This is a divorce case in which the appeal is limited to points relating to the settlement of the property rights of the parties.
Glen R. Hudson, the husband, is appellant. Appellee is Fay L. Hudson.
In anticipation of divorce and following their separation the parties entered into a contract or agreement dividing their community property. It provided that appellee should have a 1953 Mercury car valued at $1,000, household effects valued at $1,500, five shares of stock valued at $250, a total valuation of $2,750, and that appellant should have annuities and thrift plans with his employer, Phillips Petroleum Company, valued at $2,500 and five shares of stock valued at $250, totaling $2,750. He also agreed to pay appellee $150 per month alimony during pendency of the divorce action.
The contract provided that both parties would ask the court for its approval. Both so prayed.
After an extended hearing the court found the contract not to be a fair and equitable division of the property, set it aside and rendered judgment giving appellee all the community property except a 1949 Mercury automobile and medical and life insurance carried by appellant. This property had no cash value. The car, purchased after the separation, was not worth more than the mortgage against it; the insurance had no cash or surrender value.
The evidence shows that the parties had been married to each other for about eleven years. That they each had two children by former marriages all of whom lived with the parties until they made homes for themselves.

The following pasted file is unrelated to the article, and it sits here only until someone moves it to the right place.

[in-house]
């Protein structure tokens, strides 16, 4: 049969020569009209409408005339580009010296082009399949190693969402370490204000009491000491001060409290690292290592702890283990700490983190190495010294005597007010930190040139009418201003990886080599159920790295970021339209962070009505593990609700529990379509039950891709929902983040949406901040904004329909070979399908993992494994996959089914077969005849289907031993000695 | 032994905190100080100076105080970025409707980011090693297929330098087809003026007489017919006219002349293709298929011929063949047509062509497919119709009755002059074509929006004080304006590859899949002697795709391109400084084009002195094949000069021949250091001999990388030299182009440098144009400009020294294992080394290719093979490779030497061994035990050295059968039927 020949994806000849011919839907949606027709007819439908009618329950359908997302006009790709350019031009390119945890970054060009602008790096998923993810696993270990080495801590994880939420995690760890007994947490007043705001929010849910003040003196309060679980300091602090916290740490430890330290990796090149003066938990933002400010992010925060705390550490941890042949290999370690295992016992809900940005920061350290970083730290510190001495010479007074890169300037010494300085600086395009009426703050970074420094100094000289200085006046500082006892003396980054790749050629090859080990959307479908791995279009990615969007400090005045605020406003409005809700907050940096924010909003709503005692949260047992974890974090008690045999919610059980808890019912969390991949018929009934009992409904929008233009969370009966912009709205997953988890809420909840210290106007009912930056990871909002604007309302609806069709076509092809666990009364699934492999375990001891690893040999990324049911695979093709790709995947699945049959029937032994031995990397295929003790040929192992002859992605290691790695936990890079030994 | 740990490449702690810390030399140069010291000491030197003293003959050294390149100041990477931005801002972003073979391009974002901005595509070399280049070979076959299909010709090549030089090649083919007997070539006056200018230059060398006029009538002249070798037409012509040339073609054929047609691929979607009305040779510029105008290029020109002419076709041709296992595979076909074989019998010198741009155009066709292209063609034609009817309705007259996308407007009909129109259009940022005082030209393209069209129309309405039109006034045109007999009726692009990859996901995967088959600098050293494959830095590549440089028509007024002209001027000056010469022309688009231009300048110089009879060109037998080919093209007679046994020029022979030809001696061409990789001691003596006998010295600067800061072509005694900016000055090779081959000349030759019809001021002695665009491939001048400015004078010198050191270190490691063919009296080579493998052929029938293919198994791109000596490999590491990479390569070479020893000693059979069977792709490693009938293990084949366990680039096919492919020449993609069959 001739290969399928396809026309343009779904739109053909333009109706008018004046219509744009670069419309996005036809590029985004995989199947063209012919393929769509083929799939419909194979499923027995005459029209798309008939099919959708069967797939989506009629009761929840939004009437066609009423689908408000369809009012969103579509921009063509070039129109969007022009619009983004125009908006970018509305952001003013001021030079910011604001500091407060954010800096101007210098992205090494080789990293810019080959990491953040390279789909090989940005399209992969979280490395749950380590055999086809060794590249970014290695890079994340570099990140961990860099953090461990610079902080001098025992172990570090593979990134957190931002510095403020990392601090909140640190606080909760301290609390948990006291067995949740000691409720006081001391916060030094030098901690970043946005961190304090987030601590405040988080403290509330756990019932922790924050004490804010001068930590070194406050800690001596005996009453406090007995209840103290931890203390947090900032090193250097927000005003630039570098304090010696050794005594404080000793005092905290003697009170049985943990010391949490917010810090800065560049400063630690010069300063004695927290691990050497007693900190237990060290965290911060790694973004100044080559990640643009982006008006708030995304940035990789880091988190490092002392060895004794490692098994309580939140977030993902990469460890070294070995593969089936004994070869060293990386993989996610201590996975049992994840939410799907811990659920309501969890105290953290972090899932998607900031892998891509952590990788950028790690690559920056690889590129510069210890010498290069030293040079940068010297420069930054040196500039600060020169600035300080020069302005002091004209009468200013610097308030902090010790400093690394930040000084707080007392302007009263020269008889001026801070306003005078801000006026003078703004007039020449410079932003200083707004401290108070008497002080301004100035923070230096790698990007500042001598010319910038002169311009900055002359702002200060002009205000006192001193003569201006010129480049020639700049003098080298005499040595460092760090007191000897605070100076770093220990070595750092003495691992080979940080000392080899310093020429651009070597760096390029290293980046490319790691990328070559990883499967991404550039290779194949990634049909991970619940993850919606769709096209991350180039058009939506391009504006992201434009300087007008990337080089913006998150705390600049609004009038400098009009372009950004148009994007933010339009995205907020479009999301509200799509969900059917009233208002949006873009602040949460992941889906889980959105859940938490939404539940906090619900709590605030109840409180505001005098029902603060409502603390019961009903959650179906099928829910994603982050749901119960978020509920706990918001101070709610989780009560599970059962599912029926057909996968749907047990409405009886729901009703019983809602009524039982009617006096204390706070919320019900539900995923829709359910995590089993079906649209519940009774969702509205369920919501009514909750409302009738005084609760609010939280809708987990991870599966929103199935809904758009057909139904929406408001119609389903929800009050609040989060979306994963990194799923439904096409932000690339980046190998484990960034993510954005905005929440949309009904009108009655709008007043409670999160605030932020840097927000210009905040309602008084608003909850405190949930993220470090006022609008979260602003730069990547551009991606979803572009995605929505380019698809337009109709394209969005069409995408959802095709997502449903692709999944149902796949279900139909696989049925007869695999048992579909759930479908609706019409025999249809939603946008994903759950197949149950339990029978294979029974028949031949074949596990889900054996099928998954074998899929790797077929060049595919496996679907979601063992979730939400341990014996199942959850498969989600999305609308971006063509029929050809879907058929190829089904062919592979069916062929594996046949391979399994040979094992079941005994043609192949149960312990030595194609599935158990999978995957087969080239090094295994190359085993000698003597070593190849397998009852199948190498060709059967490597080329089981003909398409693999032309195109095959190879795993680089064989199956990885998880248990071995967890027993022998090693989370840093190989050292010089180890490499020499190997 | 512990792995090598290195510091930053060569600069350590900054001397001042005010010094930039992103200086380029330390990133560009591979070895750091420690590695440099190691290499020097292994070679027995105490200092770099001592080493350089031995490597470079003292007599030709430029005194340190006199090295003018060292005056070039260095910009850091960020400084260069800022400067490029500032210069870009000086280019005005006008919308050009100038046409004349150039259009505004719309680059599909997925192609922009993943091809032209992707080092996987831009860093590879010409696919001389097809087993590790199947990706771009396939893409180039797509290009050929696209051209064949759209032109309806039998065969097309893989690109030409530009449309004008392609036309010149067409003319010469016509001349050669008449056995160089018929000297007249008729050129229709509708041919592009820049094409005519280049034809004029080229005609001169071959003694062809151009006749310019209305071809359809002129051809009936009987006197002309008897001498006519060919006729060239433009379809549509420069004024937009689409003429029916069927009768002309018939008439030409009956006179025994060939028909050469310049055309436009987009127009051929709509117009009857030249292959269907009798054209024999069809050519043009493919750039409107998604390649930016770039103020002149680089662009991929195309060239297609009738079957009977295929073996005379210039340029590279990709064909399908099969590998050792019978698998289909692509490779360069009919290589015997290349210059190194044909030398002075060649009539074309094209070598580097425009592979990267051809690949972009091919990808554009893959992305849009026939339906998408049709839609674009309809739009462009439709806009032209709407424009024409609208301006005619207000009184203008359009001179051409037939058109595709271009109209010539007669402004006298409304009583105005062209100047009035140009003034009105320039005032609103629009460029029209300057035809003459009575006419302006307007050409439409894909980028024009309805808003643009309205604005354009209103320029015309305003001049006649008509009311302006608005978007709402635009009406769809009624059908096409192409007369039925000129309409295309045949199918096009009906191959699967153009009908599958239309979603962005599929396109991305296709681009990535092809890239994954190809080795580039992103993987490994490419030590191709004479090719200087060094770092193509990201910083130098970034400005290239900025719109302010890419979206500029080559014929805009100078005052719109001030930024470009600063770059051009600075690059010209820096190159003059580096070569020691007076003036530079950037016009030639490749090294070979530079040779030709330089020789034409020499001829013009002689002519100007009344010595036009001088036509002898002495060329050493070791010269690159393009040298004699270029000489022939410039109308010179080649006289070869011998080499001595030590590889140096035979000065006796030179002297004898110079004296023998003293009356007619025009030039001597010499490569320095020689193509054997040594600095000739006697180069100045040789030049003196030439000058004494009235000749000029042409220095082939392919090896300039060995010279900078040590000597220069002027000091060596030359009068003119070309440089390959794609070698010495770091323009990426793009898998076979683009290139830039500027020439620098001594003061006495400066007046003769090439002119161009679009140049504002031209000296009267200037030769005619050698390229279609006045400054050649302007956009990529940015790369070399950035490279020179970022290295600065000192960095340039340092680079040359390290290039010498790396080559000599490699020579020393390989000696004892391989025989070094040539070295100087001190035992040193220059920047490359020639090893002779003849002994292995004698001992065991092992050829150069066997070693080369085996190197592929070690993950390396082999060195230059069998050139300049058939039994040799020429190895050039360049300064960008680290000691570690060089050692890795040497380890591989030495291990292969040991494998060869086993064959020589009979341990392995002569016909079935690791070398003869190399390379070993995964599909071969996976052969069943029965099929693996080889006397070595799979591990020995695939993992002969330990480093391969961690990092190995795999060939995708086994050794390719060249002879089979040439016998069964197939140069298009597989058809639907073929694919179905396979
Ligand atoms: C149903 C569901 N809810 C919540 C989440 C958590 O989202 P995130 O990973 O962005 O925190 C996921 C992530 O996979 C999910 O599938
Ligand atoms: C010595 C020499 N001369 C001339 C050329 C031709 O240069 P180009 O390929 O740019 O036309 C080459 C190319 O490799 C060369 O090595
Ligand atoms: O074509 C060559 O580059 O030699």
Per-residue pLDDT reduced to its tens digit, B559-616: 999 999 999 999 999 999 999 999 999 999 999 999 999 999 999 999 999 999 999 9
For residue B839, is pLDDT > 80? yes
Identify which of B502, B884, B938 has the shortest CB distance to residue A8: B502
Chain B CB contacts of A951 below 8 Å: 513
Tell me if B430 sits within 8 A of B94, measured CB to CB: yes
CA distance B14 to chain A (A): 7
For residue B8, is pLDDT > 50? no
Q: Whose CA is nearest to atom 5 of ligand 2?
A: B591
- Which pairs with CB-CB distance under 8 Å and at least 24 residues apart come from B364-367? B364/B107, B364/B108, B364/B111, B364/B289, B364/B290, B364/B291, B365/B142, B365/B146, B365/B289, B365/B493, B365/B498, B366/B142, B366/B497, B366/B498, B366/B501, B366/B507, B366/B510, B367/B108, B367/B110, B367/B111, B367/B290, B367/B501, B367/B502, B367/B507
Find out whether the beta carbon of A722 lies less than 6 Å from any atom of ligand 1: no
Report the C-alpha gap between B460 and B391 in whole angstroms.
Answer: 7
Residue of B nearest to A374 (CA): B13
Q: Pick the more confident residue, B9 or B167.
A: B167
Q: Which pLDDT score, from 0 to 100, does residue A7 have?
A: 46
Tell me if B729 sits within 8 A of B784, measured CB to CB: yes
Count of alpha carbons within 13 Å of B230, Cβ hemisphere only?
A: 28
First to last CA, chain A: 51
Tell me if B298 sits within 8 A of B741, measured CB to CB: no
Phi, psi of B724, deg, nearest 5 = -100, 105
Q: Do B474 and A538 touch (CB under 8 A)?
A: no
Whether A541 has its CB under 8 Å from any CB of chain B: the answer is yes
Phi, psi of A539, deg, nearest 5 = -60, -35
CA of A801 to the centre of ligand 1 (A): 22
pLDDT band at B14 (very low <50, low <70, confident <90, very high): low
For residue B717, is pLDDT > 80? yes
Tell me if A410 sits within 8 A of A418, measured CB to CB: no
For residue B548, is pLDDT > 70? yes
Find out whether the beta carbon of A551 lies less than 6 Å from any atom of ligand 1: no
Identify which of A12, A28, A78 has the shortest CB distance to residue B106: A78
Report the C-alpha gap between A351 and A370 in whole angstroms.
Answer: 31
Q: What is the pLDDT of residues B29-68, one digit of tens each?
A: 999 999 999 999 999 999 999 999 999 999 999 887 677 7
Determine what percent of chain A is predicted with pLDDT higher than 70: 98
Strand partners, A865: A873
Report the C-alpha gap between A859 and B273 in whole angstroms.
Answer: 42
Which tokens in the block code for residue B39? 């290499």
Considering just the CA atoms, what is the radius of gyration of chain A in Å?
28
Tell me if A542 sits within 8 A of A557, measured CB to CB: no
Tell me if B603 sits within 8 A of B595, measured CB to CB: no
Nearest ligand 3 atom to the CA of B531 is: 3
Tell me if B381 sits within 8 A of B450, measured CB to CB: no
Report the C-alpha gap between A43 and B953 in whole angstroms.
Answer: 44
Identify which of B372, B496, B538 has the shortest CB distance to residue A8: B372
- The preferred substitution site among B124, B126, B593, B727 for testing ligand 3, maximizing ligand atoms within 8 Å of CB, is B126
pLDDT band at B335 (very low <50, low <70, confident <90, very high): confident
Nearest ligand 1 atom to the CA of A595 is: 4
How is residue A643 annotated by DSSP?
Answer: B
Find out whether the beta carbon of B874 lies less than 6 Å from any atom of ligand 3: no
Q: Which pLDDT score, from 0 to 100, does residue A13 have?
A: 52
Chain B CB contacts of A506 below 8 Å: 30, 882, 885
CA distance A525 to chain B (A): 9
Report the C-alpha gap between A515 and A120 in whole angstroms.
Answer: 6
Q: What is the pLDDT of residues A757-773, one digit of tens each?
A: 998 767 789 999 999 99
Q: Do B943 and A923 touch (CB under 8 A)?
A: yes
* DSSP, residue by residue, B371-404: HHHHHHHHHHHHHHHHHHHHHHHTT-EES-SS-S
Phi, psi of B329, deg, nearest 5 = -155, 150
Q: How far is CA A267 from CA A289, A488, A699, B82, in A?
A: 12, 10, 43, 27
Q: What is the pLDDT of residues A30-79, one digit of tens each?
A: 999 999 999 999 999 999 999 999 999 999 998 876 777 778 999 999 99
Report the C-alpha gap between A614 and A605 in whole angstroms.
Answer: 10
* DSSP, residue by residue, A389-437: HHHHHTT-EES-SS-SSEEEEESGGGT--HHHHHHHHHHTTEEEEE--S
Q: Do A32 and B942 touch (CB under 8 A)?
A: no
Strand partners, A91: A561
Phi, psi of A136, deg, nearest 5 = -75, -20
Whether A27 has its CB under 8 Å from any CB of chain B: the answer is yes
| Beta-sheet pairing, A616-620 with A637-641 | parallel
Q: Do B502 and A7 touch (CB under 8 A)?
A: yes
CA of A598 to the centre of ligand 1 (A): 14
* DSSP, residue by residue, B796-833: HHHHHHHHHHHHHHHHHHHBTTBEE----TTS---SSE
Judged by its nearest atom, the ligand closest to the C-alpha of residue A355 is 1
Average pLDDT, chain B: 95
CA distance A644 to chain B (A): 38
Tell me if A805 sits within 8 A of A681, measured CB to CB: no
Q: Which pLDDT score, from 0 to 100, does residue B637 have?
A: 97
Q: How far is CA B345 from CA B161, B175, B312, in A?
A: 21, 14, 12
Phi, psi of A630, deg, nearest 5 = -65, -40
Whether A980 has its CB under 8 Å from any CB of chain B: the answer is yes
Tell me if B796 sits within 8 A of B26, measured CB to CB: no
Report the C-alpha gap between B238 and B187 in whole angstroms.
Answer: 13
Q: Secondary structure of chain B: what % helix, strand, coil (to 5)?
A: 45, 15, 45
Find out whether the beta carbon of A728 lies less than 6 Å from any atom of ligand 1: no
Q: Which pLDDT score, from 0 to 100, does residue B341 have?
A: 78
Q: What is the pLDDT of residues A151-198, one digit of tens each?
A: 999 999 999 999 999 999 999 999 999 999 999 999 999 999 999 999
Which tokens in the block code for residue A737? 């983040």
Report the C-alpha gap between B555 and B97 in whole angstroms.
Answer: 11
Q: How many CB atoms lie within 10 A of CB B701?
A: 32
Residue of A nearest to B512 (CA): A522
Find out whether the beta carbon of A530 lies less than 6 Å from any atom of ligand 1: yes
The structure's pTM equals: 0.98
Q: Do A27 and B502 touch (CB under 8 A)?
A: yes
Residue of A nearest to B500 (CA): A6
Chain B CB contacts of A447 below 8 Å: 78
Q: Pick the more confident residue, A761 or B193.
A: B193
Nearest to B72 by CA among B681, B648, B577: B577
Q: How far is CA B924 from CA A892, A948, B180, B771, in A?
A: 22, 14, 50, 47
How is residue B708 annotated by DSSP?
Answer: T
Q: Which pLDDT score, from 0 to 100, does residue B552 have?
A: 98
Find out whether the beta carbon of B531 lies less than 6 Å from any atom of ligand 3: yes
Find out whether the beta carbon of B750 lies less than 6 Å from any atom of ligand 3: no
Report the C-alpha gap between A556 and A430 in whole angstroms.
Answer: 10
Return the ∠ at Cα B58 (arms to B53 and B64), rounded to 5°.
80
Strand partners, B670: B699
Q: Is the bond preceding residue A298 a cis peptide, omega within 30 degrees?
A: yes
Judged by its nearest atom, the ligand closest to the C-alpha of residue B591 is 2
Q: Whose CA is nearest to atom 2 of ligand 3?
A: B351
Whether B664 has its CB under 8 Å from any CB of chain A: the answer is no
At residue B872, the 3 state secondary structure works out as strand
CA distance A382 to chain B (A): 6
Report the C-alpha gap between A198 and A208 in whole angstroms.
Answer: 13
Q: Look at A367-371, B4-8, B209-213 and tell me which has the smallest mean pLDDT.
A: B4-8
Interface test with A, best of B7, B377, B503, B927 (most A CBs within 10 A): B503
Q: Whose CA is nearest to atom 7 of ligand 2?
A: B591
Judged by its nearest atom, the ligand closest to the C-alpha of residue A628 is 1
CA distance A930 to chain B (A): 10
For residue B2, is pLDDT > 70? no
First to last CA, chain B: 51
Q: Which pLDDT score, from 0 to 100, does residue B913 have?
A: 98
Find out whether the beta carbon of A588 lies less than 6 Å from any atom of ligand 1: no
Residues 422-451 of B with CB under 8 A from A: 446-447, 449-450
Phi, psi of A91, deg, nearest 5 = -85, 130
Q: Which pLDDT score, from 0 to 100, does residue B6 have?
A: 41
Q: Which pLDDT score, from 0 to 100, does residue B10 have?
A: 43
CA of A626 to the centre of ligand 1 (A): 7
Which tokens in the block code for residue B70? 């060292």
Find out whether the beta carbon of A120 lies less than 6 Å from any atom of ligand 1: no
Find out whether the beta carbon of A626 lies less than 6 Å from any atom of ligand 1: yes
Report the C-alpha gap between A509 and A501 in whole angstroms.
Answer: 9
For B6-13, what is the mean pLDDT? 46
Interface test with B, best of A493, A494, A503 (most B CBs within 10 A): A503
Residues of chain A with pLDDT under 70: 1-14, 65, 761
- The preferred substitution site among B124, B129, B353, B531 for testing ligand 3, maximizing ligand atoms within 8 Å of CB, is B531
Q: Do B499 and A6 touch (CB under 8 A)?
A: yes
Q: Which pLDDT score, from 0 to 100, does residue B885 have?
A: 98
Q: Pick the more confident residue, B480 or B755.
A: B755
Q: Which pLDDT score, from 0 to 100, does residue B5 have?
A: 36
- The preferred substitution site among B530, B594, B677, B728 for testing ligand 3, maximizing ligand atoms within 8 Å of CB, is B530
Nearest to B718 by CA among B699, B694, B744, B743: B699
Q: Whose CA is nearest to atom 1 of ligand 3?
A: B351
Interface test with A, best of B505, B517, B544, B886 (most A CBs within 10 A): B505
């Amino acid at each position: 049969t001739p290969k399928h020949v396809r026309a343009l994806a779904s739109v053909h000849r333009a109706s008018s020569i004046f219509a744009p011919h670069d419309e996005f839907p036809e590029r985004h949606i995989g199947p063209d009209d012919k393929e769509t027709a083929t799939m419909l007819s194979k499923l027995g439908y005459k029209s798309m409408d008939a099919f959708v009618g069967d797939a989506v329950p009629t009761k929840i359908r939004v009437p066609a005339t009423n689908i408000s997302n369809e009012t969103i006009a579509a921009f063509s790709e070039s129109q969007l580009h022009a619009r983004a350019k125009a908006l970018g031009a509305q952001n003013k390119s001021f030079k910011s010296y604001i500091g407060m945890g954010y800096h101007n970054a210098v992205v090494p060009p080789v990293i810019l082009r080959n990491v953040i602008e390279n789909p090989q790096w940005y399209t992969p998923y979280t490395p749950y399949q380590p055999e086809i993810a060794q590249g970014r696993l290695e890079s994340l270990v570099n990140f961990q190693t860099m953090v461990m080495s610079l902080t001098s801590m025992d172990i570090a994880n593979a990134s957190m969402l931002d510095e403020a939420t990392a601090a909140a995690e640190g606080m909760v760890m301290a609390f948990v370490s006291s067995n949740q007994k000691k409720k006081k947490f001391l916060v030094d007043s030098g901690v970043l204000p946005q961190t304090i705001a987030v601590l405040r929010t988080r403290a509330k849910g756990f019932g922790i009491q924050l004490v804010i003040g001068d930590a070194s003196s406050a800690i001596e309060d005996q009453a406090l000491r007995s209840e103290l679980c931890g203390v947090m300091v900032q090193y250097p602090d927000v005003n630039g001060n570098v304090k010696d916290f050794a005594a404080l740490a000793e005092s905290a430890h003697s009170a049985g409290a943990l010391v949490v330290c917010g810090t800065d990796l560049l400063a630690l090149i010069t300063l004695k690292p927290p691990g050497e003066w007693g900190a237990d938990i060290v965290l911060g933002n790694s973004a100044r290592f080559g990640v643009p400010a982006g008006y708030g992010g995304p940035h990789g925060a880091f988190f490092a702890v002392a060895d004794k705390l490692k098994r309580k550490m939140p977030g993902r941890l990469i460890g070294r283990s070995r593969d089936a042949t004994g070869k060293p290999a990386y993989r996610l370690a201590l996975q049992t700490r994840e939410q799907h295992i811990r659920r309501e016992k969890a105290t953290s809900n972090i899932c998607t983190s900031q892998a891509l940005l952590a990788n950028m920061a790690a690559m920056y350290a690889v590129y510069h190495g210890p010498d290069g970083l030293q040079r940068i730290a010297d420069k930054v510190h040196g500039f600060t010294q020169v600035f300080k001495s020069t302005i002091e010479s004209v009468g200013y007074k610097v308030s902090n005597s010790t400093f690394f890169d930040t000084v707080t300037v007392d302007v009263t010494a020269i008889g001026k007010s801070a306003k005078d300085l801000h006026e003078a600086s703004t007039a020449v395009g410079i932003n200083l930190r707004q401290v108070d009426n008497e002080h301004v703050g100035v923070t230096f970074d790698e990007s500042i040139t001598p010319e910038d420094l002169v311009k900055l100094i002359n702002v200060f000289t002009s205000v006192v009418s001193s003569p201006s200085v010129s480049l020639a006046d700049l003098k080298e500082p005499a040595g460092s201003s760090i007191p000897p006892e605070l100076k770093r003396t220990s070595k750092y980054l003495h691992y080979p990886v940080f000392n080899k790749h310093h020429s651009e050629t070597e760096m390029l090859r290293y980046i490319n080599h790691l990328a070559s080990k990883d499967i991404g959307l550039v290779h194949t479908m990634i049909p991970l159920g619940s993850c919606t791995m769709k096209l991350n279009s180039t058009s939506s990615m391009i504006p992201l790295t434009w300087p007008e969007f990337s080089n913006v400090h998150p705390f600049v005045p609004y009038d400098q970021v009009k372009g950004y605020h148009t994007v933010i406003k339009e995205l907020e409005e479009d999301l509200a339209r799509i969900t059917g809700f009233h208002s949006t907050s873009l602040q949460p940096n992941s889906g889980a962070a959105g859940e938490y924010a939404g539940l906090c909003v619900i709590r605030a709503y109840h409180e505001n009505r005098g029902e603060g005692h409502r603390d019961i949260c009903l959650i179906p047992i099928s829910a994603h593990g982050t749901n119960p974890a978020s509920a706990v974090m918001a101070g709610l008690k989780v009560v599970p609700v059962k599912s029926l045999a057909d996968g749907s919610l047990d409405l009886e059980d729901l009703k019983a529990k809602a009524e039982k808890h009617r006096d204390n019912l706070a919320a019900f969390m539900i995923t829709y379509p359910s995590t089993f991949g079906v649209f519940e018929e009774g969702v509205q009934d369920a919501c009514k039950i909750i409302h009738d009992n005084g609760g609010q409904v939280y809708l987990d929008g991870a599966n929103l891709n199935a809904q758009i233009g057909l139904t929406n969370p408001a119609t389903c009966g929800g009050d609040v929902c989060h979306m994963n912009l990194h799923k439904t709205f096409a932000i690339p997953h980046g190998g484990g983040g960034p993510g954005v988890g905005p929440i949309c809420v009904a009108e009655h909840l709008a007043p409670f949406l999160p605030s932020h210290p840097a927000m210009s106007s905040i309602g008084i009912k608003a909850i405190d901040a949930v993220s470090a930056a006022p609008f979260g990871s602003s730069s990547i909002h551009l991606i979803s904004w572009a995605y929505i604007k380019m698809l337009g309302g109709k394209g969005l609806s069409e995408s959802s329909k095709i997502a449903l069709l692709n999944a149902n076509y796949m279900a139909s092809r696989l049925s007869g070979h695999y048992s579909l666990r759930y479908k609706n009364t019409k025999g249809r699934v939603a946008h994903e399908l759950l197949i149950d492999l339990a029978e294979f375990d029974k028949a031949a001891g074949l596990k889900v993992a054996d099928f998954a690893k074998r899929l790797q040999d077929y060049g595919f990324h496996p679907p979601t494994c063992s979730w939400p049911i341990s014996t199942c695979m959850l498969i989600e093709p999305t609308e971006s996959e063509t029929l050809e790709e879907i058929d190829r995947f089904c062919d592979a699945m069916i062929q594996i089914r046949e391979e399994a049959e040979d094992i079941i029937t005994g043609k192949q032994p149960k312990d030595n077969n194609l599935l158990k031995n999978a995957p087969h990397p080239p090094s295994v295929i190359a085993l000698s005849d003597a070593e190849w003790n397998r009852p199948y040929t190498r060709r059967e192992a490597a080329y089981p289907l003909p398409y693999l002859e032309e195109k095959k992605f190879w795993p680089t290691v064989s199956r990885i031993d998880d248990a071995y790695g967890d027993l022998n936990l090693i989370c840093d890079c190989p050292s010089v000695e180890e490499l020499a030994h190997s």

Appellant is 45 years of age. He has been employed by Phillips Petroleum Company for about 15 years and his present salary is $514 per month.
Appellee is 48 years of age. She has an eighth grade education. She is not fitted for very remunerative work. Since the separation the most she had earned has been $20 per week.
Considering the size of the estate and the relative abilities of the parties and the fact that the divorce resulted from the misconduct of appellant we are unable to say that the Trial Court abused his discretion in refusing to approve the settlement contract and in awarding appellee all of the community estate and appellant's undisclosed separate interest, if any, in the Phillips' thrift plan and annuity fund. Art. 4638, Vernon's Ann.Civ.St.; Hedtke v. Hedtke, 112 Tex. 404, 248 S.W. 21; 15-A Tex.Jur., Divorce and Separation, Secs. 151-152.
Appellant also complains that the Court erred by "acting as an advocate for" appellee in the trial of the case.
The Trial Judge examined some of the witnesses at considerable length and subjected them to vigorous cross examination.
It has been said that while no judge should act as an advocate in the case before him he is no mere umpire in the performance of his sworn duty to administer justice. Evans v. Humphrey, 281 Ky. 254, 135 S.W.2d 915.
If this were a jury trial we would have to view the matter in an entirely different light. ...